The most important day for the Romanians. The National Day.
I thank the soldiers that fought for this country, that made possible for us to live in a country named Romania. The king Ferdinand said one day: “As long there will be a patch of Romanian land free of occupation, I will stay there. As long there will be a soldier left to fight and a Romanian flag, I will stay next to them, regardless to the fate I will have”.
Sometimes we won, sometimes we lost, sometimes we were under occupation but we have never given up our faith, language and flag. This is my country. Beautiful cities, fantastic mountains, breathtaking landscapes, welcoming people and heavy traditions.
Today we are not in Deva, our city, neither are we in Bucharest for the military parade. Today we are in Papua New Guinea, on the other side of the planet. But we took care to take with us everything we needed in order to celebrate properly the national day. First let me tell you what we did in the morning before showing our hosts, the Mondika tribe, all those things about Romania.
We set off together with five boys from the family for a trip around the village. Ten minutes later a crowd of 30 people was following us. Everybody was staring at us, shaking our hand and talking to us. So I took the opportunity and told everyone that in the afternoon we will celebrate our National Day and that we will have a surprise for them.
By the time we made it back to the hut that had served as home to us for all those days, there were at least 20 kids waiting for us. And they kept coming. I took out a map of the world and I showed them where my country is located and where is Papua New Guinea.
“ Far, far away “ they said. Yes, far, far away. I showed them after a map of Romania and pointed to them the location of my city, Deva, and my county, Hunedoara. And then I gave them a book about our region that they effectively devoured. They were so keen to learn about that far away country. It had such an exotic name for them. Romania, Europe, Romania, Europe. I remembered the way my father was saying to me before setting off : Papua New Guinea, baby. Papua New Guinea!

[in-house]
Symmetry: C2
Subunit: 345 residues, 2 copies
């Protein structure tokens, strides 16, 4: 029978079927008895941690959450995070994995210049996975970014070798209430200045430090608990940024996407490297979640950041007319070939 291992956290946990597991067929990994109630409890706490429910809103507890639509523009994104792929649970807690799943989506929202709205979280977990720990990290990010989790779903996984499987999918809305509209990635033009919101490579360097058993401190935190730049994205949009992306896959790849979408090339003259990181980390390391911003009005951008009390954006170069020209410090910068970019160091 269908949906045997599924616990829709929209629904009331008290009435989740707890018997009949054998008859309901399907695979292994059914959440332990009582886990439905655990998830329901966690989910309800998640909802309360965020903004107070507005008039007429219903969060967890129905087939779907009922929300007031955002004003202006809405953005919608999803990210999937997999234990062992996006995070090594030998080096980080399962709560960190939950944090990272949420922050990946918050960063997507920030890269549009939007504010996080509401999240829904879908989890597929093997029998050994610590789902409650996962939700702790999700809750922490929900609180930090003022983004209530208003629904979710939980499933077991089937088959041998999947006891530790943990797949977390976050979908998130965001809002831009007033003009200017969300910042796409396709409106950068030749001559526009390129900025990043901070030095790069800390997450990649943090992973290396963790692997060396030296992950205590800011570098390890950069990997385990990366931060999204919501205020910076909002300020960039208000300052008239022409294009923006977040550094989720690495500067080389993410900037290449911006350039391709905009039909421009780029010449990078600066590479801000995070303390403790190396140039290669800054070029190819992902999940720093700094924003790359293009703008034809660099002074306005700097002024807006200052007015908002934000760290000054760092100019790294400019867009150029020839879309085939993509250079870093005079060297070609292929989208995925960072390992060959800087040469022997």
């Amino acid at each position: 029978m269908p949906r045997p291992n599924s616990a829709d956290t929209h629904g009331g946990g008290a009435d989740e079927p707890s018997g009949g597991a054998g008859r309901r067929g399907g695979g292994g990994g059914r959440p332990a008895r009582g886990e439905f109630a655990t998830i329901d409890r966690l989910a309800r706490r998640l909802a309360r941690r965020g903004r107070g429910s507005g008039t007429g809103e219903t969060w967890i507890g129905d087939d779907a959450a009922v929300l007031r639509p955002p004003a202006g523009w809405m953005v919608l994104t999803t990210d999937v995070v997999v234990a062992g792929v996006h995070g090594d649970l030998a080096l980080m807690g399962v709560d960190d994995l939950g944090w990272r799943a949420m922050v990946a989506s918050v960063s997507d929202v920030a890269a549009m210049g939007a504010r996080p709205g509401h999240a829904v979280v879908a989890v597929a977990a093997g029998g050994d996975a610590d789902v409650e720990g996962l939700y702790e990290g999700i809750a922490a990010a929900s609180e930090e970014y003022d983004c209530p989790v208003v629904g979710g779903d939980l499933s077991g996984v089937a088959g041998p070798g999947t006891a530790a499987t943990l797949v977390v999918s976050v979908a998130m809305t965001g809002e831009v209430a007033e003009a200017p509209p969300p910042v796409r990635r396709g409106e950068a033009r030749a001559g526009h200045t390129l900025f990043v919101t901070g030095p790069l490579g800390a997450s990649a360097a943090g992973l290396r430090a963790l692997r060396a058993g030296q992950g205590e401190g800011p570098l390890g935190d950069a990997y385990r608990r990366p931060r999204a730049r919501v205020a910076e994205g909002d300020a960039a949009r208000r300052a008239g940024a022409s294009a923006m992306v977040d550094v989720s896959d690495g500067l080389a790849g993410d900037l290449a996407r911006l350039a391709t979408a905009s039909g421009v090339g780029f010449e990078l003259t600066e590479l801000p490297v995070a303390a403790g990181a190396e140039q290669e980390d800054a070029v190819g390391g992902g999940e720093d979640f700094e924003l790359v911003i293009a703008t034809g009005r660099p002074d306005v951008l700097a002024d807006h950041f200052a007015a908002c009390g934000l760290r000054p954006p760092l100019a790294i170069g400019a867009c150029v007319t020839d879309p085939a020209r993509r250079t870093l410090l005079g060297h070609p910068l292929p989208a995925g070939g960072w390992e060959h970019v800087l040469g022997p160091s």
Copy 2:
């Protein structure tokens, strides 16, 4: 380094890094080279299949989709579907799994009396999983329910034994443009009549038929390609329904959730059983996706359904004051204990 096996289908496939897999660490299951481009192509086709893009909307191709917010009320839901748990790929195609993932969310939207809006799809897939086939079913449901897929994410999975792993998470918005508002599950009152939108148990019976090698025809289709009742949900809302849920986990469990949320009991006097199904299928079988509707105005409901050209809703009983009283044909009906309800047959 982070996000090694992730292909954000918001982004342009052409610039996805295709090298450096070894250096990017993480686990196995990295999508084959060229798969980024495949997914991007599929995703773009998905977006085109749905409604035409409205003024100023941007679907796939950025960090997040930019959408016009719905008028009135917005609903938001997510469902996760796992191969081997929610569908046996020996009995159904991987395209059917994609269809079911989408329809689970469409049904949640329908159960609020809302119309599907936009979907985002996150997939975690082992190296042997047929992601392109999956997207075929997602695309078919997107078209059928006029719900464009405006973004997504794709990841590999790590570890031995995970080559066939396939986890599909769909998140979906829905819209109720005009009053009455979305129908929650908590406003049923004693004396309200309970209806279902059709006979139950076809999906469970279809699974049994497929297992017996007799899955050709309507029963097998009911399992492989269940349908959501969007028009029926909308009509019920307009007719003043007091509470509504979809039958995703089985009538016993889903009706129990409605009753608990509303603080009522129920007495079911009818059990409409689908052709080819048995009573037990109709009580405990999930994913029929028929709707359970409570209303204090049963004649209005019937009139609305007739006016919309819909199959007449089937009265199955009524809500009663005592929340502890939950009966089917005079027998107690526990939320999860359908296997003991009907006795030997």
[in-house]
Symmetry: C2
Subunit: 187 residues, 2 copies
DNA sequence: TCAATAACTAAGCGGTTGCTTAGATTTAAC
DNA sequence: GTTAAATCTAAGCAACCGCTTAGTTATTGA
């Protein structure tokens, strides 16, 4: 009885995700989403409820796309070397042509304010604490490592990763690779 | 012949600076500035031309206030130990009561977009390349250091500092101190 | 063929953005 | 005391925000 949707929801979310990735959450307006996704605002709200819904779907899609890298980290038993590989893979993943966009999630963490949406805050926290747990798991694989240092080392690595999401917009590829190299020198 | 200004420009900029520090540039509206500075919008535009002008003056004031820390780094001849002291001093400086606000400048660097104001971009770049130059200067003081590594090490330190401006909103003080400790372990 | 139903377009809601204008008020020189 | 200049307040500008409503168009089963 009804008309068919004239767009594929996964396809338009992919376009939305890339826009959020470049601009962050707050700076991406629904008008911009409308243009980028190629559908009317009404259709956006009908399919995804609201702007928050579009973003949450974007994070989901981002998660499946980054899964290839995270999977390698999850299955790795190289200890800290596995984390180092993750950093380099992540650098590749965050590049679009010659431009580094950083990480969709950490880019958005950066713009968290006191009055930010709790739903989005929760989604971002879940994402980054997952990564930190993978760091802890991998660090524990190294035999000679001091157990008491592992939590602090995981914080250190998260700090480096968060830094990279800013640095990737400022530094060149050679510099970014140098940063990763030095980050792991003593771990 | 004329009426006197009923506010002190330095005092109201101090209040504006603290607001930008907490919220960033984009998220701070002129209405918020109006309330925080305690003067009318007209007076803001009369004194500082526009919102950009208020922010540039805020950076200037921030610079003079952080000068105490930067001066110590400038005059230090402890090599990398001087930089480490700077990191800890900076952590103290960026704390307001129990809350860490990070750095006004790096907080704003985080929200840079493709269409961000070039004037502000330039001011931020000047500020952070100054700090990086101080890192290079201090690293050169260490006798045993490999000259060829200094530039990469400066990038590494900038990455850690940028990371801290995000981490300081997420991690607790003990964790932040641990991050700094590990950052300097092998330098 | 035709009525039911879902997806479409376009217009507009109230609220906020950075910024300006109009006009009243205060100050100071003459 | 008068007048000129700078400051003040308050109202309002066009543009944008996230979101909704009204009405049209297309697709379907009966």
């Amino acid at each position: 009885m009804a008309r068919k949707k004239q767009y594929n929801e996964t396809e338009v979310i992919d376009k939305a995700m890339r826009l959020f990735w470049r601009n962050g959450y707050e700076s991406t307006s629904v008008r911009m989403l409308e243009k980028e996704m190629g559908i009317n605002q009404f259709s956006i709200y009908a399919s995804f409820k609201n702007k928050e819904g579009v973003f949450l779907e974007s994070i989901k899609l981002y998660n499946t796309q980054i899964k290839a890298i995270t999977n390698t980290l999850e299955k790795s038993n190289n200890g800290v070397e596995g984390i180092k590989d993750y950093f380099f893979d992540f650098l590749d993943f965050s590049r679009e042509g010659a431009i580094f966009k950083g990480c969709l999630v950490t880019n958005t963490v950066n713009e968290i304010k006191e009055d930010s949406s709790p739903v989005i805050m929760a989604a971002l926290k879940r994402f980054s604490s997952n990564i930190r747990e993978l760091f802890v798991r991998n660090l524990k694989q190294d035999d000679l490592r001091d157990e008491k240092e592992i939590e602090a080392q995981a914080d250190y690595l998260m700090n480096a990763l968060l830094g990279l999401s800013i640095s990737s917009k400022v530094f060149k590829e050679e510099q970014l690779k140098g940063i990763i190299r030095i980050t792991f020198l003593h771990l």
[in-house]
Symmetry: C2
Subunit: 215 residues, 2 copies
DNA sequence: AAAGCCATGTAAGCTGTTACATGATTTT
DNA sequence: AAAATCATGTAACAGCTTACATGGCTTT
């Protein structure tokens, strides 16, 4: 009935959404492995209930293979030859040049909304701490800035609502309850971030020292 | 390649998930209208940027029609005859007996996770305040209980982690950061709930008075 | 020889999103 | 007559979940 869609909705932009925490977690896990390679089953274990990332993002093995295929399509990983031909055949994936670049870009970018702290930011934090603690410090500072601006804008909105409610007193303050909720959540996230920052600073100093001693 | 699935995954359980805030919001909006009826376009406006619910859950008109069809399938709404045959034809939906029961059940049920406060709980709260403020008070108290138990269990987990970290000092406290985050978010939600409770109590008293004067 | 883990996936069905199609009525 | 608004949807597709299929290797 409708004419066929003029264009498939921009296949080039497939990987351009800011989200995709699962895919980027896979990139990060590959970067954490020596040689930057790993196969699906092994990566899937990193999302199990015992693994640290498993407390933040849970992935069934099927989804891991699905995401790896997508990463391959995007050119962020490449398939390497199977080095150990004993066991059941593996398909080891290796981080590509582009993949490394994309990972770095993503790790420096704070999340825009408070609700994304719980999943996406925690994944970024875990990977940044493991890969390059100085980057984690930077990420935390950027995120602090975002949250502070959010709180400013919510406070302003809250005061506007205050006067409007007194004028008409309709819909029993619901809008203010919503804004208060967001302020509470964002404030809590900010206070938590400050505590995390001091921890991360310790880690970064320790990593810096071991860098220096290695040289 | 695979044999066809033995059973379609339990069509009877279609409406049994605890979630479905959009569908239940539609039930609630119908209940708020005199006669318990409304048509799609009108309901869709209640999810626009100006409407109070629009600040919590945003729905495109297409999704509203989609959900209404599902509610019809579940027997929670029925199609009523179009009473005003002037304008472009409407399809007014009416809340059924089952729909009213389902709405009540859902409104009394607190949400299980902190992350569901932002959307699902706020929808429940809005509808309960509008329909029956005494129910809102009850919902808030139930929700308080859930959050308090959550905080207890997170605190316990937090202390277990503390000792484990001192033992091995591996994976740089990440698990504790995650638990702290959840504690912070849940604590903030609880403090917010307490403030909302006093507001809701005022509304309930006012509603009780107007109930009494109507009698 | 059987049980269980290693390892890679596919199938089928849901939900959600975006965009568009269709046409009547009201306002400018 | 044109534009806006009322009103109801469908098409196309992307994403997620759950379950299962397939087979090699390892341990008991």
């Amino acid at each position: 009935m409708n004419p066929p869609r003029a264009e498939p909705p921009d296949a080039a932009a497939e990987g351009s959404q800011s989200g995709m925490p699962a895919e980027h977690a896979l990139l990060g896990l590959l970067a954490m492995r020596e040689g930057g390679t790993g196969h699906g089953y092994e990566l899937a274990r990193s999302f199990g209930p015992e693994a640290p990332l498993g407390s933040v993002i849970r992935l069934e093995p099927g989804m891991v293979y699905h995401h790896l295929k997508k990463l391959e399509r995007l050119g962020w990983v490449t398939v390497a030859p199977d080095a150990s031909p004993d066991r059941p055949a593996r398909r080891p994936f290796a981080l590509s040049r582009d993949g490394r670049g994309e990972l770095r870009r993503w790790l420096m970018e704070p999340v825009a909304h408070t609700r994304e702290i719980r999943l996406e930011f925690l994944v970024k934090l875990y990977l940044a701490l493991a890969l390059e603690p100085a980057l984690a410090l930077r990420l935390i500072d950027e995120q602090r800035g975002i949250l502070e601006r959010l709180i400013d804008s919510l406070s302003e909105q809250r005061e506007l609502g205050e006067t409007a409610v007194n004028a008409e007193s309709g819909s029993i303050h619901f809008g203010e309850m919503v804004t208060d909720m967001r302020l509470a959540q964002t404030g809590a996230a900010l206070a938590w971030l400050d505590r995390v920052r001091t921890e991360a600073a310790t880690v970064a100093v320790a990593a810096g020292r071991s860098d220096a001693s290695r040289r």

Then I took out the little gifts I had brought for them. First the candies, and man, what a fight ensued. Kids are the same everywhere. Then I took out the tattoos, heart shaped stickers with the Romanian colors on them, And another fight. We were having so much fun. For a while I tried to glue them on their fronts but the demand was so big that I could not keep up anymore and I showed them how to do it by themselves. Dad was taking snapshots and videotaping like a madman. He had felt sick and had a swollen cheek but he was trying hard to be up to the task. His baby was on an one man show performance.
Last surprise were the bracelets offered by mister Dan Terteci, from my city, and the organizers of the “The prize winners without prizes” an activity carried out in my city every Saturday through which outstanding people are being congratulated and thanked by the community.
At the end, tens of kids and adults were wearing our bracelets with the national colors. They looked so happy. We were happy too. Dad was effectively radiant. The kids gathered up again and, in order to thank me, shouted in unison: “ Hello Romania” And every body burst out in laughter. Dad was having tears in his eyes.
We started playing after. The atmosphere was sensational. I forgot to tell you that, at my request, Mother had painted my face in the traditional way of the Mondika girls. And then she had painted Jessie, one of the boys. Jessie also had agreed to don the traditional suit. Which means taking off some of the clothes. We played for hours in a row. Dad and I, in Papua New Guinea, surrounded by a crowd of Mondika people, all wearing our traditional colors.
We were happy. Everybody was happy. Friendship over the oceans. People from the opposite sides of the planet meeting and having fun together. Thank you God.
Well, that’s all for today. Thank you for reading my article